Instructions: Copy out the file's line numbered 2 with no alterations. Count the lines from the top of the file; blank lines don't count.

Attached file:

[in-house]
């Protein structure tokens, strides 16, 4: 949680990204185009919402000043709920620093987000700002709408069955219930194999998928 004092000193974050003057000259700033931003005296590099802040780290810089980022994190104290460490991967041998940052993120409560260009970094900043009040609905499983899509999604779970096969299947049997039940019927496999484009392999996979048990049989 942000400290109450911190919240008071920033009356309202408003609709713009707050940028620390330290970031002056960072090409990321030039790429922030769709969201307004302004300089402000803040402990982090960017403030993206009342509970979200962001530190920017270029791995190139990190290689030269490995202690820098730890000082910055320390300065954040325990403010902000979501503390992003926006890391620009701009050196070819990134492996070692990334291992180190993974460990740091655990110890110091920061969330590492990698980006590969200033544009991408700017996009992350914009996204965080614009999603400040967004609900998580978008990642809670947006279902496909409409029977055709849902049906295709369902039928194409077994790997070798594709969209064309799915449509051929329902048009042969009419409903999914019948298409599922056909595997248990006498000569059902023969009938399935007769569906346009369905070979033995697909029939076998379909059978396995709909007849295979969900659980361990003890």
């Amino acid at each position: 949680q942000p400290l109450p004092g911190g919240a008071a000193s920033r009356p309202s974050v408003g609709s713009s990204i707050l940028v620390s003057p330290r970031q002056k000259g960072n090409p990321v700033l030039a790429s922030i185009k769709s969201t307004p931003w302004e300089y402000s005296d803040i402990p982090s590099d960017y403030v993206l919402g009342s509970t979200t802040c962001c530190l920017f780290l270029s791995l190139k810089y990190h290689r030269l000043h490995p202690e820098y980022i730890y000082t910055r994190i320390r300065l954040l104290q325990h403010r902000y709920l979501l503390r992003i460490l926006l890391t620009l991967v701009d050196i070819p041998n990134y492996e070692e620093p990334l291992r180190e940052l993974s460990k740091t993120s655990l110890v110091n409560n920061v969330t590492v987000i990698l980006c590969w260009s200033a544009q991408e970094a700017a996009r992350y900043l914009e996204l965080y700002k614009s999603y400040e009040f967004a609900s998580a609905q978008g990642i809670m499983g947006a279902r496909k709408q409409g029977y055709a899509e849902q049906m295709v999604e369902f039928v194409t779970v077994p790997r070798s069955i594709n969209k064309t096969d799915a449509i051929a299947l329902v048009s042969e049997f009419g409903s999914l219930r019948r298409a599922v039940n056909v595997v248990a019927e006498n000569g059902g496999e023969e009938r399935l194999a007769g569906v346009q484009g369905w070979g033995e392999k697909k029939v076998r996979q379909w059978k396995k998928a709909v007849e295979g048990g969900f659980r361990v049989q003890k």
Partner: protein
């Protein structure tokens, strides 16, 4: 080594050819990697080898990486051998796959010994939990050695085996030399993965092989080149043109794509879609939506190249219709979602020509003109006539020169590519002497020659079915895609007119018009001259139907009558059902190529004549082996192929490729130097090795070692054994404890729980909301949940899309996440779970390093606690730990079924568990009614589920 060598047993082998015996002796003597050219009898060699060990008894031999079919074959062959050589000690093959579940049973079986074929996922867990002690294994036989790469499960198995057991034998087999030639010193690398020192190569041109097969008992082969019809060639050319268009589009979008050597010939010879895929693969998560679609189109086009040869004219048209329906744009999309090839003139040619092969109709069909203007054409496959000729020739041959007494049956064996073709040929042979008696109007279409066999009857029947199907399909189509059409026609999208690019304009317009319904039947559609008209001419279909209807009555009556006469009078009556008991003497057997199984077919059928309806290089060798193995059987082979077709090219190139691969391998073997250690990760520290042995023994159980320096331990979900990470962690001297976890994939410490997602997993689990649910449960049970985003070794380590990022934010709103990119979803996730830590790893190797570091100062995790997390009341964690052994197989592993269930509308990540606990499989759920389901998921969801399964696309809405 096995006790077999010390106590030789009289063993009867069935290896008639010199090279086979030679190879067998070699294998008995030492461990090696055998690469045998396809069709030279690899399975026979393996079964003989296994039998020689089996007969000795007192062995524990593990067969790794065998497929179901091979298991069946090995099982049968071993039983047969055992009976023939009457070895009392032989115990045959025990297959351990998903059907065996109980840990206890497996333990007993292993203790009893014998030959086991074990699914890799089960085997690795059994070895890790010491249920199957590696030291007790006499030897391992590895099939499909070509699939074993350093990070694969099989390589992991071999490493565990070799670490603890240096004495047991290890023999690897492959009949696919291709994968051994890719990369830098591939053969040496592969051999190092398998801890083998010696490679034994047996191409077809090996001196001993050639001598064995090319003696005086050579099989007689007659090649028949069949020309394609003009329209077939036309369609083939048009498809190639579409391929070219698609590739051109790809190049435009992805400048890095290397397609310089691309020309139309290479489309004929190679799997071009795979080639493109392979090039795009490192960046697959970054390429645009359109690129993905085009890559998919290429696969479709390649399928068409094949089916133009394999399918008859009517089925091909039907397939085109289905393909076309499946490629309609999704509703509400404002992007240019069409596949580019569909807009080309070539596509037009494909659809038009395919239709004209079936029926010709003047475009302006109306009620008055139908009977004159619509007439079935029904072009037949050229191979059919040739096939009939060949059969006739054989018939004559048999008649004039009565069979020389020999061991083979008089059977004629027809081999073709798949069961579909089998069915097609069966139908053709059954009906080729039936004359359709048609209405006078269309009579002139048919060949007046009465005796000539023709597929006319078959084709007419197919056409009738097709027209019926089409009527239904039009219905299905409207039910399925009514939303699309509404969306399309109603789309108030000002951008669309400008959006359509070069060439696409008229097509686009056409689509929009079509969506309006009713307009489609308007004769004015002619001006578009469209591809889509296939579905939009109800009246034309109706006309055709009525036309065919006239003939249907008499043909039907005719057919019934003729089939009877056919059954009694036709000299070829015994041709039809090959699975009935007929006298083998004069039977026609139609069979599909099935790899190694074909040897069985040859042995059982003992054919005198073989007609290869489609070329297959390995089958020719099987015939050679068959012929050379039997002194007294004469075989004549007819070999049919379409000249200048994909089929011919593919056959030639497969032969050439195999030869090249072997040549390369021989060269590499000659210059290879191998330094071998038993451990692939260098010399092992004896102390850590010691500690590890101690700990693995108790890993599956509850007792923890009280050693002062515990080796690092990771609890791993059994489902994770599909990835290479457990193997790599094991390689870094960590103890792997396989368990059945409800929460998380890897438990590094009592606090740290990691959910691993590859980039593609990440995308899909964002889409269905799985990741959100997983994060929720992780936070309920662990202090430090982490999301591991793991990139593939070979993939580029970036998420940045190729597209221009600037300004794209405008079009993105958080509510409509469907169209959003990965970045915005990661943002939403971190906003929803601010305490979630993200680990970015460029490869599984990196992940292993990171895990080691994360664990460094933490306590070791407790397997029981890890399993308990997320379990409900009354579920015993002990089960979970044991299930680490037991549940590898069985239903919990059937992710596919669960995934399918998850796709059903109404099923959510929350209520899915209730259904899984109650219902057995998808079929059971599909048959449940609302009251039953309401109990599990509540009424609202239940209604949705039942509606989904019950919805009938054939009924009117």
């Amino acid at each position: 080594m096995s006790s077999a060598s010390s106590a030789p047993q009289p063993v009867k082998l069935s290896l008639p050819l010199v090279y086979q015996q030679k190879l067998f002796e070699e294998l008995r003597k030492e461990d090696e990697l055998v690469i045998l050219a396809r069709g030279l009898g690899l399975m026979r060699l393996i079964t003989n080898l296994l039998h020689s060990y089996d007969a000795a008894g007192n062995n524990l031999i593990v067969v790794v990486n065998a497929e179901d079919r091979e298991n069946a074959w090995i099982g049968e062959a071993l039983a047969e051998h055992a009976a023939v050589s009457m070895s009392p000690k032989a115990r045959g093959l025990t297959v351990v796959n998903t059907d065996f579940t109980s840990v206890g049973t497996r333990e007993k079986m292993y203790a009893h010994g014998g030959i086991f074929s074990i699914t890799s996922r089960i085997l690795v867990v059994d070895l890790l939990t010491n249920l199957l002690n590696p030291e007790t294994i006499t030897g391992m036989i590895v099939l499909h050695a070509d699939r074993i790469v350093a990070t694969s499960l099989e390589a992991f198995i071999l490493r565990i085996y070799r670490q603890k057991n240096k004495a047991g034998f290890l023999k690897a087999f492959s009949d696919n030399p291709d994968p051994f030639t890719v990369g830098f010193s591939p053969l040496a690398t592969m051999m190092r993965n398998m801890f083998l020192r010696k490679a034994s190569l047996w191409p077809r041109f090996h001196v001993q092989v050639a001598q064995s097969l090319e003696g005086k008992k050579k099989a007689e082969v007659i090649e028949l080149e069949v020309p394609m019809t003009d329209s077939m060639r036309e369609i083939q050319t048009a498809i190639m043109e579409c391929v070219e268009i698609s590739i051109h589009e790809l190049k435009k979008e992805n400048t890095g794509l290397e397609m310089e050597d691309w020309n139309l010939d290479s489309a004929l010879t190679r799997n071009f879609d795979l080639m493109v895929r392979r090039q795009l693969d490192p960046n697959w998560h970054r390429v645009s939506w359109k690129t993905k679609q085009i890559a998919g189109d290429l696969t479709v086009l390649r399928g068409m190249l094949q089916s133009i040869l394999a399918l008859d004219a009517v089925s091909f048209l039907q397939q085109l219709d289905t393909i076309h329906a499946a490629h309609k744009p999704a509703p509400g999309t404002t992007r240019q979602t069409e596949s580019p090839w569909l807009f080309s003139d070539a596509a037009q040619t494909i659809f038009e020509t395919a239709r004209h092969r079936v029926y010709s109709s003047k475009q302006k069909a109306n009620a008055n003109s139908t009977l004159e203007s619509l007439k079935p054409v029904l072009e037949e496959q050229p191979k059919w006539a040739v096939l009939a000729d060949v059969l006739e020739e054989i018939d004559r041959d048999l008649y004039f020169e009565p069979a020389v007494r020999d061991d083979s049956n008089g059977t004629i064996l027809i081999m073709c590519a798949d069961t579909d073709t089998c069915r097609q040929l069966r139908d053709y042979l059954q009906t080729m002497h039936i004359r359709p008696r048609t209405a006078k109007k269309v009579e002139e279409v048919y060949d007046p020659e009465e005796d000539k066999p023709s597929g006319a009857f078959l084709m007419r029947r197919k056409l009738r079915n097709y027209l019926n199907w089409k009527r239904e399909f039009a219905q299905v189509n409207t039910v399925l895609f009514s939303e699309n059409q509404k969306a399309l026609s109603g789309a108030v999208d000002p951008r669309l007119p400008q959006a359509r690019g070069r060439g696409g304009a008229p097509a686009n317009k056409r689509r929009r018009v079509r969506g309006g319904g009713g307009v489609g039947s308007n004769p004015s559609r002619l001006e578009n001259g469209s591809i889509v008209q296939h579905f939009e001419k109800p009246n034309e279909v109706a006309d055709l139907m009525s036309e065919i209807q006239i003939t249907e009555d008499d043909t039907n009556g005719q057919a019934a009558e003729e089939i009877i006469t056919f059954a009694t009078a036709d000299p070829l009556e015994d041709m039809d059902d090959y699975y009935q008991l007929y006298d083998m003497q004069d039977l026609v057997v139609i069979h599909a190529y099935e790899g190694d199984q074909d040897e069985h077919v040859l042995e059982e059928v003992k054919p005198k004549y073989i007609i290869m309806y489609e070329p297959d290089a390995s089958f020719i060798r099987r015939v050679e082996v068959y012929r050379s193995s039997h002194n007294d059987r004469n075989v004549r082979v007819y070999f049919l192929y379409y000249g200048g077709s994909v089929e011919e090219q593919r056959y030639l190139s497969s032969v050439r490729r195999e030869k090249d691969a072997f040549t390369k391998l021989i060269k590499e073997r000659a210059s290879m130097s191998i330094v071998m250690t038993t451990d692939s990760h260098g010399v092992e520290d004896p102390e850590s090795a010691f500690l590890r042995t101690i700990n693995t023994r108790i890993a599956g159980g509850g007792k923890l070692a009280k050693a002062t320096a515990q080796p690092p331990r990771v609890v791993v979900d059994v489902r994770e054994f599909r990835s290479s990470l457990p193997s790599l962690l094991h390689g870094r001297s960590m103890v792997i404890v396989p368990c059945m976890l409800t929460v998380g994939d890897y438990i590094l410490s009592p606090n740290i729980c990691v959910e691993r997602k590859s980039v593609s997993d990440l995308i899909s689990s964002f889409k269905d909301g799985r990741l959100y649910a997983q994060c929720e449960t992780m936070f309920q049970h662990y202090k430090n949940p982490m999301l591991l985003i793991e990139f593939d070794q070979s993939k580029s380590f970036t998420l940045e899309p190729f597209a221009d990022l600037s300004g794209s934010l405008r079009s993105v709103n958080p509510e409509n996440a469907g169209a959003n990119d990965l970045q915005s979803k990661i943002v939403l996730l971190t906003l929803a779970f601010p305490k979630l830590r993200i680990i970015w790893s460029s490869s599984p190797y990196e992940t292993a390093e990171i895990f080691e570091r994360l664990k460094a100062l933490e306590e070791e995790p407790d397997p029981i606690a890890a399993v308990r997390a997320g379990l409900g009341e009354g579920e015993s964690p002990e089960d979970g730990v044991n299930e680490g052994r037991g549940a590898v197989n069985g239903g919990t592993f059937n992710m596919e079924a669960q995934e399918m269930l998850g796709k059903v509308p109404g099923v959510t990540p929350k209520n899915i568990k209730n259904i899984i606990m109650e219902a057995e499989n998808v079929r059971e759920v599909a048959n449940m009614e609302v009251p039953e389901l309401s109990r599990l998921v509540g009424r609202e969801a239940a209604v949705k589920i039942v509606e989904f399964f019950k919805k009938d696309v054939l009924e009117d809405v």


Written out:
């Protein structure tokens, strides 16, 4: 949680990204185009919402000043709920620093987000700002709408069955219930194999998928 004092000193974050003057000259700033931003005296590099802040780290810089980022994190104290460490991967041998940052993120409560260009970094900043009040609905499983899509999604779970096969299947049997039940019927496999484009392999996979048990049989 942000400290109450911190919240008071920033009356309202408003609709713009707050940028620390330290970031002056960072090409990321030039790429922030769709969201307004302004300089402000803040402990982090960017403030993206009342509970979200962001530190920017270029791995190139990190290689030269490995202690820098730890000082910055320390300065954040325990403010902000979501503390992003926006890391620009701009050196070819990134492996070692990334291992180190993974460990740091655990110890110091920061969330590492990698980006590969200033544009991408700017996009992350914009996204965080614009999603400040967004609900998580978008990642809670947006279902496909409409029977055709849902049906295709369902039928194409077994790997070798594709969209064309799915449509051929329902048009042969009419409903999914019948298409599922056909595997248990006498000569059902023969009938399935007769569906346009369905070979033995697909029939076998379909059978396995709909007849295979969900659980361990003890």